A significant aspect of the Trump era was the United States assuming a more isolated and independent stance, distancing itself from its role as a global leader. Trump’s assertion that NATO member countries owed financial contributions to the United States, coupled with his suggestion that the country may not fulfil its financial obligations to the alliance has shaken America’s relations with its allies. The resolution rejecting Trump’s decision to recognise Jerusalem as Israel’s capital was approved by the UN General Assembly, further exacerbating tensions. Despite Trump’s threats of economic sanctions, only Guatemala, Honduras, Israel, Marshall Islands, Micronesia, Nauru, Palau and Togo voted against this resolution, aligning with the USA.
Trump’s approach to national security diverged from his predecessors in several ways. Trump, who was the first president to not start a new war after Reagan, decided to withdraw his troops from the active war zones. During his presidency, US troops withdrew from Syria and plans were set in motion for the exit strategy from Afghanistan. Also, his accusation of former President Obama as the founder of ISIS and the suggestion that his country did not actually adequately investigate 9/11 sparked controversy and challenged established norms in the realm of the country’s security policies.Trump, who existed with his unique style and substantial support, became the subject of many discussions throughout his presidency. President Biden’s economic and foreign policy profile in the new term draws a stark contrast to the Trump era. Despite the trials that have been passed, Trump remains the Republican Party’s strongest presidential candidate. However, these legal trials against him may be seen as a repercussion for violating American policies, rather than the prosecution of a president who acted against the law. Furthermore, these cases may serve as a reminder that preserving the stability of long-established American policies takes precedence at a certain level, sending a message to all.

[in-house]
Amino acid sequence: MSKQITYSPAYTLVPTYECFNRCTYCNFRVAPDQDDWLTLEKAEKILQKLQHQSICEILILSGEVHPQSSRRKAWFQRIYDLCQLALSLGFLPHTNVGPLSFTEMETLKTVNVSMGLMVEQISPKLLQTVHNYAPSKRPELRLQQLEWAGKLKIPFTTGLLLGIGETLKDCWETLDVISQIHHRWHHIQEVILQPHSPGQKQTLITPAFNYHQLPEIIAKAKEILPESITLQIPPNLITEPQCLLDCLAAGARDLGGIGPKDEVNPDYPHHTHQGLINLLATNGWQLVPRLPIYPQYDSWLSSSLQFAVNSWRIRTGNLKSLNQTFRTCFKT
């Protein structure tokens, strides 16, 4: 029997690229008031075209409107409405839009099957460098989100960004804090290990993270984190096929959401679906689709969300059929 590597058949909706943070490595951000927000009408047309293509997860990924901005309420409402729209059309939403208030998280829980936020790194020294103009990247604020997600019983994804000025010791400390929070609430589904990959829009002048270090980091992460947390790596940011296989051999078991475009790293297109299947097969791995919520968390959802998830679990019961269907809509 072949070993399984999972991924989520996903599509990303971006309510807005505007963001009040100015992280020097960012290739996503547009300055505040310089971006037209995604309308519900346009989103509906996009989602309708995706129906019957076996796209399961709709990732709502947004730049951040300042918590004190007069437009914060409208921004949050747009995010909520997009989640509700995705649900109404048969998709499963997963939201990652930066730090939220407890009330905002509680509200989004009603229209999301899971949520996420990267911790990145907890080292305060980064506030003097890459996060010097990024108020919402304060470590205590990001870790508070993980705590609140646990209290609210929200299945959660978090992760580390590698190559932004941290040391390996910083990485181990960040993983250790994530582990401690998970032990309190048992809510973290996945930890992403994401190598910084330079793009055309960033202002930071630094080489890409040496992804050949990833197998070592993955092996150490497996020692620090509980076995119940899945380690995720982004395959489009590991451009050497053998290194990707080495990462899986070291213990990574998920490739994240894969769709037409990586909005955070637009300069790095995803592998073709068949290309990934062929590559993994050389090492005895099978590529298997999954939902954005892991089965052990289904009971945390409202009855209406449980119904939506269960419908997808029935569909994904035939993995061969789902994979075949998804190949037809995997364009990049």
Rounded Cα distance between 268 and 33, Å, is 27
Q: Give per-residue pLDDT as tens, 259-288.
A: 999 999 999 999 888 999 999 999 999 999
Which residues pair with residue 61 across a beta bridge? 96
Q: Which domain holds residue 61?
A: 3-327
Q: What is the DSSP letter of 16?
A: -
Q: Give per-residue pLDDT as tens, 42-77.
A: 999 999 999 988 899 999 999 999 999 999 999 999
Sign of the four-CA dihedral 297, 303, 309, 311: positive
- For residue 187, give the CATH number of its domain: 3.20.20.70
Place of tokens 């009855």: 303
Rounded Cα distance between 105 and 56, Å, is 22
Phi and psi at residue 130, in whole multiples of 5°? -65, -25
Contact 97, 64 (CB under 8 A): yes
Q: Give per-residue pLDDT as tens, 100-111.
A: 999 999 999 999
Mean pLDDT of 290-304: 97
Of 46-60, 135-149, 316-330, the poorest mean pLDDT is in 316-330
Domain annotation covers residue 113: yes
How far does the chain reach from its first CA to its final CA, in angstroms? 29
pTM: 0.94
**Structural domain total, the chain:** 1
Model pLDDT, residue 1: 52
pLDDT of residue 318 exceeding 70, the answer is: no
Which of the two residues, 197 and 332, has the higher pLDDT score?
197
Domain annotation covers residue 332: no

This article originally appeared in the opinion section of the website Middle East Monitor.